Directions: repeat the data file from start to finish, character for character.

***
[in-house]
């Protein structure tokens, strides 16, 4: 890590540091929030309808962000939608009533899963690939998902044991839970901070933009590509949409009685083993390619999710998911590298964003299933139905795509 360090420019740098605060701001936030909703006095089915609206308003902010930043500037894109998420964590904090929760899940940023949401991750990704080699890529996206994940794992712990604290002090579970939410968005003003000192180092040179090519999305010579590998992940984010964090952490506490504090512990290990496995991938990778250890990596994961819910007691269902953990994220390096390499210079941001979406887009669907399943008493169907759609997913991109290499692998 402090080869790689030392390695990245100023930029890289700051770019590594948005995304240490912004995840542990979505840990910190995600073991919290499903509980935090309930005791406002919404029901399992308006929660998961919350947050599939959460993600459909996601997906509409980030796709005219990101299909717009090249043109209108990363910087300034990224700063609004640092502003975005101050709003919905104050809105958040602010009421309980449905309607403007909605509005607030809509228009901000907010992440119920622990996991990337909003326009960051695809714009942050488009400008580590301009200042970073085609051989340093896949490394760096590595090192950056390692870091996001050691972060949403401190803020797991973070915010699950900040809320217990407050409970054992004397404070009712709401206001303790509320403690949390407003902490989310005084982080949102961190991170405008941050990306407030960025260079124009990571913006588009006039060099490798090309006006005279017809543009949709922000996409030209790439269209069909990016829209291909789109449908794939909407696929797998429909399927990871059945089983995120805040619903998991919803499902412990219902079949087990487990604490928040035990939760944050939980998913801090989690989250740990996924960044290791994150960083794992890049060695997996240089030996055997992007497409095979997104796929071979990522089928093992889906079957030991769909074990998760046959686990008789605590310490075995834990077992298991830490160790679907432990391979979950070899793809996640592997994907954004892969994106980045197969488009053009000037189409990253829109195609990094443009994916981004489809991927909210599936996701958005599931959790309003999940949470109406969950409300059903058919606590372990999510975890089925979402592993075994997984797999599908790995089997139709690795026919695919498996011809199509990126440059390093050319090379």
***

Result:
[in-house]
């Protein structure tokens, strides 16, 4: 890590540091929030309808962000939608009533899963690939998902044991839970901070933009590509949409009685083993390619999710998911590298964003299933139905795509 360090420019740098605060701001936030909703006095089915609206308003902010930043500037894109998420964590904090929760899940940023949401991750990704080699890529996206994940794992712990604290002090579970939410968005003003000192180092040179090519999305010579590998992940984010964090952490506490504090512990290990496995991938990778250890990596994961819910007691269902953990994220390096390499210079941001979406887009669907399943008493169907759609997913991109290499692998 402090080869790689030392390695990245100023930029890289700051770019590594948005995304240490912004995840542990979505840990910190995600073991919290499903509980935090309930005791406002919404029901399992308006929660998961919350947050599939959460993600459909996601997906509409980030796709005219990101299909717009090249043109209108990363910087300034990224700063609004640092502003975005101050709003919905104050809105958040602010009421309980449905309607403007909605509005607030809509228009901000907010992440119920622990996991990337909003326009960051695809714009942050488009400008580590301009200042970073085609051989340093896949490394760096590595090192950056390692870091996001050691972060949403401190803020797991973070915010699950900040809320217990407050409970054992004397404070009712709401206001303790509320403690949390407003902490989310005084982080949102961190991170405008941050990306407030960025260079124009990571913006588009006039060099490798090309006006005279017809543009949709922000996409030209790439269209069909990016829209291909789109449908794939909407696929797998429909399927990871059945089983995120805040619903998991919803499902412990219902079949087990487990604490928040035990939760944050939980998913801090989690989250740990996924960044290791994150960083794992890049060695997996240089030996055997992007497409095979997104796929071979990522089928093992889906079957030991769909074990998760046959686990008789605590310490075995834990077992298991830490160790679907432990391979979950070899793809996640592997994907954004892969994106980045197969488009053009000037189409990253829109195609990094443009994916981004489809991927909210599936996701958005599931959790309003999940949470109406969950409300059903058919606590372990999510975890089925979402592993075994997984797999599908790995089997139709690795026919695919498996011809199509990126440059390093050319090379």